Ultra-Premature VP Edition
When we started "Trail To The Chief," the first question we got was: "Are you sure it's not too soon to start ranking presidential candidates?" And that's fair: We don't really know what the field looks like. Maybe it pays to be circumspect.
So, naturally, for our next trick, we're going to rank the vice presidential candidates. How's that for premature coverage?
Now, of course, we're many hundreds of days away from having actual nominees, so pondering whose name might appear on the ticket after the slash and before the number "2016" is nothing but guesswork. But the truth is, we already have some feel for the type of person who might end up on a Veep shortlist. And this exercise, speculative though it is, can focus attention on some of the deeper themes of the race ahead.
When nominees really start considering who they want to share the ticket with, the usual rule of thumb is to pick a running mate who can confer some electoral advantage. Maybe there's a guy or gal who can lock down a few crucial swing states. Maybe there's a partner out there with expertise that can plug a gap in the nominee's own experience. These considerations will still play a role in 2016 -- or at least, we're pretty sure that Ohio's Rob Portman, an Ohioan from Ohio with deep roots in Ohio, hopes this is the case. Ohio.
But the American electorate is changing; it's hungry for renewal and fresh ideas. So there's a real opportunity here for a vice president who can project youthful vitality, or who reflects our ever-diversifying country. And if someone named "Bush" or "Clinton" ends up rising to the heights of our political competition, there'll be an even greater need for someone who seems plugged into the current moment, someone who can lighten the weight of dynasty and suggest by their very presence that this presidential candidate, you know, thinks about the future and stuff.
Of course, that's not to say that some middle-aged white dudes don't have a shot. (This is America, after all.) And we'll remind you that when George H.W. Bush sought somebody young and fresh for his running mate, he brought the world Dan Quayle. The mileage, it may vary! But for our opening peek at this race, here's what we got.
|RANK||CANDIDATE||PARTY||RISING OR FALLING|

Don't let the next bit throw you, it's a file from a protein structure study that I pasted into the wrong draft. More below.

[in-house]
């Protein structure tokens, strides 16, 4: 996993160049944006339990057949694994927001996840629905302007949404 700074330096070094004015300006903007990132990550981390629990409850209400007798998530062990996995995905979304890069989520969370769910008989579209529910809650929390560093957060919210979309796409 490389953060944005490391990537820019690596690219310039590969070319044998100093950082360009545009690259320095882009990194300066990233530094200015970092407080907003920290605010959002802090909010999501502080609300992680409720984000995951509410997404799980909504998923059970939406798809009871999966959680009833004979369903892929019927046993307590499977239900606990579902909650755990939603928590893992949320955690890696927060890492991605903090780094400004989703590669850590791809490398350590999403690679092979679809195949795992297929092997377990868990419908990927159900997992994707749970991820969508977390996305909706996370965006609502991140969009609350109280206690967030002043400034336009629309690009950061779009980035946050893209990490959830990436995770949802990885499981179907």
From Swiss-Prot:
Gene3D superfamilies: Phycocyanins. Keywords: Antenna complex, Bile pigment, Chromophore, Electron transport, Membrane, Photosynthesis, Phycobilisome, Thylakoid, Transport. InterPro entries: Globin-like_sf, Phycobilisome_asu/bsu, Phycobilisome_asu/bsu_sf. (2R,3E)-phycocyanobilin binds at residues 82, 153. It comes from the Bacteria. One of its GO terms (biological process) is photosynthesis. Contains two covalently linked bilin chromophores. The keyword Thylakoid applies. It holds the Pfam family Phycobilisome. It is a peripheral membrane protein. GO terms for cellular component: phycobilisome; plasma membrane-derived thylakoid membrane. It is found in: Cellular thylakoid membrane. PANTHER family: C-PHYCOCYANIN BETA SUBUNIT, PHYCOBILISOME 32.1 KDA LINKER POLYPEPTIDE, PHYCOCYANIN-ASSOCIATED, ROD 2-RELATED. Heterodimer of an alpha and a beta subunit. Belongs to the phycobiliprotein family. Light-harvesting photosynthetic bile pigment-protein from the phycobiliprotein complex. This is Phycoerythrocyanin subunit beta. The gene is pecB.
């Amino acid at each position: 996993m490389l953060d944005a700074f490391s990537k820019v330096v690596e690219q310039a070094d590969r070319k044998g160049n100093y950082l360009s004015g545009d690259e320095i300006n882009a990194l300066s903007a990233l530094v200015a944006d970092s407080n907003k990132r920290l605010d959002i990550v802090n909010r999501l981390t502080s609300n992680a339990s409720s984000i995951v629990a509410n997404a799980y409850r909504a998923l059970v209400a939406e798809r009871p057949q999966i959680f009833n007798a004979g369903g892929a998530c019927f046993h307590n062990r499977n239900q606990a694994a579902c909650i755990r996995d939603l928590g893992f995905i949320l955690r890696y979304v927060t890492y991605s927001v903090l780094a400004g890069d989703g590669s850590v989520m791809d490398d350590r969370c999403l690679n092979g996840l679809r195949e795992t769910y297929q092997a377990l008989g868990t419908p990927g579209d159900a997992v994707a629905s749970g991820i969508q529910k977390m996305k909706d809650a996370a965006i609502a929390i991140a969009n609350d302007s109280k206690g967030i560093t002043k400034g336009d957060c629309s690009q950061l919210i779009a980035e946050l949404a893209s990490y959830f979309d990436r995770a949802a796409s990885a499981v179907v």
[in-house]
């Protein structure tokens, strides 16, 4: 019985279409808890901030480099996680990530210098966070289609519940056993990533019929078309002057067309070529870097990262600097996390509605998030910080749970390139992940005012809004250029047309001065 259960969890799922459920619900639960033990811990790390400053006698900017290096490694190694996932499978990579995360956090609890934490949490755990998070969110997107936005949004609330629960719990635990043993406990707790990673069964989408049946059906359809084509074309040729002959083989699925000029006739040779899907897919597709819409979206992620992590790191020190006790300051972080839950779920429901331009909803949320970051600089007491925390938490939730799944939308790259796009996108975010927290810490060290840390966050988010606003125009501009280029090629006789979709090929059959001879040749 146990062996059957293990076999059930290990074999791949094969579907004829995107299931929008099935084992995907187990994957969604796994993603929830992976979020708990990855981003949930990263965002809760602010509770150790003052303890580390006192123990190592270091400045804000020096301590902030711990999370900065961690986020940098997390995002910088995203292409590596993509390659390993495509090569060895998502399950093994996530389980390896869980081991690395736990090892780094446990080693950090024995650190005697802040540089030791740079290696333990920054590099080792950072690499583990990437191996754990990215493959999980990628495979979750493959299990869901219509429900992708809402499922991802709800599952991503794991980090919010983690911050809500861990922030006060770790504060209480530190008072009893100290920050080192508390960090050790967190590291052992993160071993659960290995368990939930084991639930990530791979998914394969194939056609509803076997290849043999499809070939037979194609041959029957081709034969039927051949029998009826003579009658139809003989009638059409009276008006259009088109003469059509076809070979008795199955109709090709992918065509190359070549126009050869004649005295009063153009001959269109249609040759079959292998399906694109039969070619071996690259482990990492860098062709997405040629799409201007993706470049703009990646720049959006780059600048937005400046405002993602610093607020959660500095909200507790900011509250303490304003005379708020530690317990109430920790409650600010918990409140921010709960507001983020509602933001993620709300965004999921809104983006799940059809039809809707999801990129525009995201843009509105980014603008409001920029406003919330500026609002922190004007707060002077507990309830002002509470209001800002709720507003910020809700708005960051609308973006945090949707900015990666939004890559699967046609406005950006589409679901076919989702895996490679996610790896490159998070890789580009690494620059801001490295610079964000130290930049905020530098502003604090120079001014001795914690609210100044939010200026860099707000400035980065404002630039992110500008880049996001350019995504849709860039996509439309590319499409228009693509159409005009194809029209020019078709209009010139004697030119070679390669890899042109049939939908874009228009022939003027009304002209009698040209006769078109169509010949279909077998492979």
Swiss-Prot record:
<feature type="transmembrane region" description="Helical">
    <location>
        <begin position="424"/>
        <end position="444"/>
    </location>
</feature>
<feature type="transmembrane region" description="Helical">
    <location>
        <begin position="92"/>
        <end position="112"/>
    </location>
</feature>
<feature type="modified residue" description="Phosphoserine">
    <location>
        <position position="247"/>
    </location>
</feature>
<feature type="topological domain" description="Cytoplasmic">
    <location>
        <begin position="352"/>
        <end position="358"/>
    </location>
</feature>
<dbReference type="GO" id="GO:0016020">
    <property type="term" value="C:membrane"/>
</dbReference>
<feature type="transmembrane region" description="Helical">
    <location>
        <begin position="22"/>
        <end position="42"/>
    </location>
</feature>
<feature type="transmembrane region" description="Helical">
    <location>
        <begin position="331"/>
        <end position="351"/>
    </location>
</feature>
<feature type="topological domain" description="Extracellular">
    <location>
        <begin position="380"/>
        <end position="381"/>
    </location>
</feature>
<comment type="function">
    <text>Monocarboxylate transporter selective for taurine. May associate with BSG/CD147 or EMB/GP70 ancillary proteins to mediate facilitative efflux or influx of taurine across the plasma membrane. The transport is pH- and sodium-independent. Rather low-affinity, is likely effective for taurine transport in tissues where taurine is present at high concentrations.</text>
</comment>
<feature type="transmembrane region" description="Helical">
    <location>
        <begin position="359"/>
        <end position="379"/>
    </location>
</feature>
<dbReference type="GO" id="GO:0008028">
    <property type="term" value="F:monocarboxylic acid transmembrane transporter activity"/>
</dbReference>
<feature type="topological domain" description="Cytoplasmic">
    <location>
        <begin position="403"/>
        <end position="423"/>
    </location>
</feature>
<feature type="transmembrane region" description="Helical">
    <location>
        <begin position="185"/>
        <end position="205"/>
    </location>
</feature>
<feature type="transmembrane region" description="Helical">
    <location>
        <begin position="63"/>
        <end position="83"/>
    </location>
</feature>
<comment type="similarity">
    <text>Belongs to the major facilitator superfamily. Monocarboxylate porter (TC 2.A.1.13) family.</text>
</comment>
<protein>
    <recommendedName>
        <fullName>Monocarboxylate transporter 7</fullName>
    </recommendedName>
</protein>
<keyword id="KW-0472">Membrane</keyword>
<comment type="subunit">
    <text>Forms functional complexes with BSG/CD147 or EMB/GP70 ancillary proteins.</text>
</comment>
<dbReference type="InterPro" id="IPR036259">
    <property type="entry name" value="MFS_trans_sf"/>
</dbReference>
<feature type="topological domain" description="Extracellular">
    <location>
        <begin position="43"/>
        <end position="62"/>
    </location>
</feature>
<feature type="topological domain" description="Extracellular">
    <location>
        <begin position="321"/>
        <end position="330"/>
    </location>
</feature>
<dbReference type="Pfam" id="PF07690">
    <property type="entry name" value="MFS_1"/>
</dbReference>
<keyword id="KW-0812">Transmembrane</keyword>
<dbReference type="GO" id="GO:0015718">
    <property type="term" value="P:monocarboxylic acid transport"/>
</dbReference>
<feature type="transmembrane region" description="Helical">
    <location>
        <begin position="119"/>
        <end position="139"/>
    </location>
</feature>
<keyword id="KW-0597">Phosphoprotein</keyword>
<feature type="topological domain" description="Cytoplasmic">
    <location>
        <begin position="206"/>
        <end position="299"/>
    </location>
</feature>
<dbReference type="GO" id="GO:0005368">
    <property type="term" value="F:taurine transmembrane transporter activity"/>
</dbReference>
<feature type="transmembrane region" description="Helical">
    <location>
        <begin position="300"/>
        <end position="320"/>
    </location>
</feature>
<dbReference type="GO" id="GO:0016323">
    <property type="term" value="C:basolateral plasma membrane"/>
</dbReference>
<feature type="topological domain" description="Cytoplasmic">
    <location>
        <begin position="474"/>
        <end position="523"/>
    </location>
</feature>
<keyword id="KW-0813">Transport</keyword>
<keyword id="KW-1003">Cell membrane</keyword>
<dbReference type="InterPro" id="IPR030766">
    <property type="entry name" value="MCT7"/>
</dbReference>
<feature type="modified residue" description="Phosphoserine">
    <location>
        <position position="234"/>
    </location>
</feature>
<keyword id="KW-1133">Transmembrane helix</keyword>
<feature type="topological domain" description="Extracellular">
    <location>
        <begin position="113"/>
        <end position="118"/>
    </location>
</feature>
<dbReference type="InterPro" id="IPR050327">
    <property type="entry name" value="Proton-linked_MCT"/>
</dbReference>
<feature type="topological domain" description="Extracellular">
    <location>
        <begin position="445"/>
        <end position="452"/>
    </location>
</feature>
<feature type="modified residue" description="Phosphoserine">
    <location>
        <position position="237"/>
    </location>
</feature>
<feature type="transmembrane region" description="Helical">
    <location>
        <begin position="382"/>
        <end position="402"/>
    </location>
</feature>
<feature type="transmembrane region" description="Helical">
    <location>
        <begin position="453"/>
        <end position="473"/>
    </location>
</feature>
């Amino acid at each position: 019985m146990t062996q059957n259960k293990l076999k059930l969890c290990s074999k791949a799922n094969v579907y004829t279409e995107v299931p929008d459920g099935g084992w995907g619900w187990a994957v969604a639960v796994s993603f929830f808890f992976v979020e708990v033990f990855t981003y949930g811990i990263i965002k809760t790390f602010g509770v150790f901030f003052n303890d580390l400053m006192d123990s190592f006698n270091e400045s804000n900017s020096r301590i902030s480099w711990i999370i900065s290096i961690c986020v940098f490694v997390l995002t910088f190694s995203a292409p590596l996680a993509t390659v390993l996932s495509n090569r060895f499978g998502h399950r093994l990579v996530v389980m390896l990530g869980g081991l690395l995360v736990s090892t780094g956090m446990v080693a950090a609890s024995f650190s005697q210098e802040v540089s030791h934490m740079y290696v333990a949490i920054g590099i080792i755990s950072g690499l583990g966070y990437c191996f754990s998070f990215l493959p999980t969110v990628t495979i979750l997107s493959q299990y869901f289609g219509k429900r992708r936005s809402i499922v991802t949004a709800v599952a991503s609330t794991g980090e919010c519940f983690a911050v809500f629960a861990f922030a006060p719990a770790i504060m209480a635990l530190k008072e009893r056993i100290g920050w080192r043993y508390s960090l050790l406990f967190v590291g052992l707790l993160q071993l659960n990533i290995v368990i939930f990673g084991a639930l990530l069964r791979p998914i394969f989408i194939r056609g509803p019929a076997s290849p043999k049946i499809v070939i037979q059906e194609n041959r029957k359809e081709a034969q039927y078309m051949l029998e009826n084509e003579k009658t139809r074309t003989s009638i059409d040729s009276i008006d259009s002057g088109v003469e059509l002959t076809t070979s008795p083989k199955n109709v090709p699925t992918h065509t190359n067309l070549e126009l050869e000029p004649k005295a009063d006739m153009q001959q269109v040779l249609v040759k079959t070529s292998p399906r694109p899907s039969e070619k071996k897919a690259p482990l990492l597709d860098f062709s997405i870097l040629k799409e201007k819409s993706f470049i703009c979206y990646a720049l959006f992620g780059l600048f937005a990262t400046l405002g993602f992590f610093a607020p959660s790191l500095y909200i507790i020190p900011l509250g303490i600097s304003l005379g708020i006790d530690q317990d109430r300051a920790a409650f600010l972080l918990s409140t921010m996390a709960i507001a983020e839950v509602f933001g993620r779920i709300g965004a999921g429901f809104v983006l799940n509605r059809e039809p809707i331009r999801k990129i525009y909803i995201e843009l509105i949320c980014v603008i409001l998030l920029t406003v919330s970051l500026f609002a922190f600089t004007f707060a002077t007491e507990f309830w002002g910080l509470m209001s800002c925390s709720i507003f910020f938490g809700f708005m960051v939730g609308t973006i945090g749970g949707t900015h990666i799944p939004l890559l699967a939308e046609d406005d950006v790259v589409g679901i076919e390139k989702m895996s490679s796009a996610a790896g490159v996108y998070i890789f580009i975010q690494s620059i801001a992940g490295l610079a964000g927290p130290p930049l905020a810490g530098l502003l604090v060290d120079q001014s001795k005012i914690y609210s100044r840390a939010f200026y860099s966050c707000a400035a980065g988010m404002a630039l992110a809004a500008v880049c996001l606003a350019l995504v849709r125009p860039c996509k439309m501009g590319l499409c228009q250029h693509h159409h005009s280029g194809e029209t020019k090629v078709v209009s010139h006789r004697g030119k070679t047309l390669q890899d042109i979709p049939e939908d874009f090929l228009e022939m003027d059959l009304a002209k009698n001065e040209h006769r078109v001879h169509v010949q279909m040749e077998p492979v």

|1||JOE BIDENWhy mess with a good thing? America’s favorite uncle should be VP for life||Democrat||▲|
|2||JULIAN CASTROAlmost too perfect a ticket-balancer for Hillary. Young, optimistic HUD secretary injects much-needed newness just by being there||Democrat||▲|
|3||SUSANA MARTINEZAlmost too perfect a ticket-balancer for Jeb, Mitt or any establishment GOP candidate. Young, optimistic New Mexico governor injects much-needed newness just by etc, etc||Republican||▲|
|4||MARCO RUBIOOstensibly a presidential contender, Rubio has a knack for putting his head down and working the ground. A good man-behind-the-man type||Republican||▲|
|5||ROB PORTMANOhioan is available, eager for a love connection||Republican||▼|
|6||CARLY FIORINAMergers not her strong suit, but the GOP desperately needs a woman on the ticket||Republican|
|7||CONDOLEEZZA RICENFL needs her more, but she's the perennial, one-stop fixer for GOP demographic woes||Republican|
|8||CORY BOOKERGonna get talked about regardless. The question is, could he end up on Rand Paul’s ticket -- starring in buddy-buddy actioner?||Democrat|
|9||MIKE PENCEEvangelical version of everyman Rob Portman||Republican|
|10||PAUL RYANA lot depends on how much Mitt Romney wants to put the band back together||Republican||▼|
|11||KIRSTEN GILLIBRANDSeems destined for something bigger, but either she or Hillary would have to move out of New York||Democrat|
|12||ELIZABETH WARRENWhy fight with Warren when you can co-opt and contain her?||Democrat|
|13||SCOTT WALKERO Wisconsin, cradle of Vice Presidents||Republican|
|14||MIKE BLOOMBERGCould be on either ticket and bring his billions with him||Independent|
|15||MARTIN O'MALLEYProbably shouldn’t be on this list either||Democrat|
Candidate Photos: Getty, Associated Press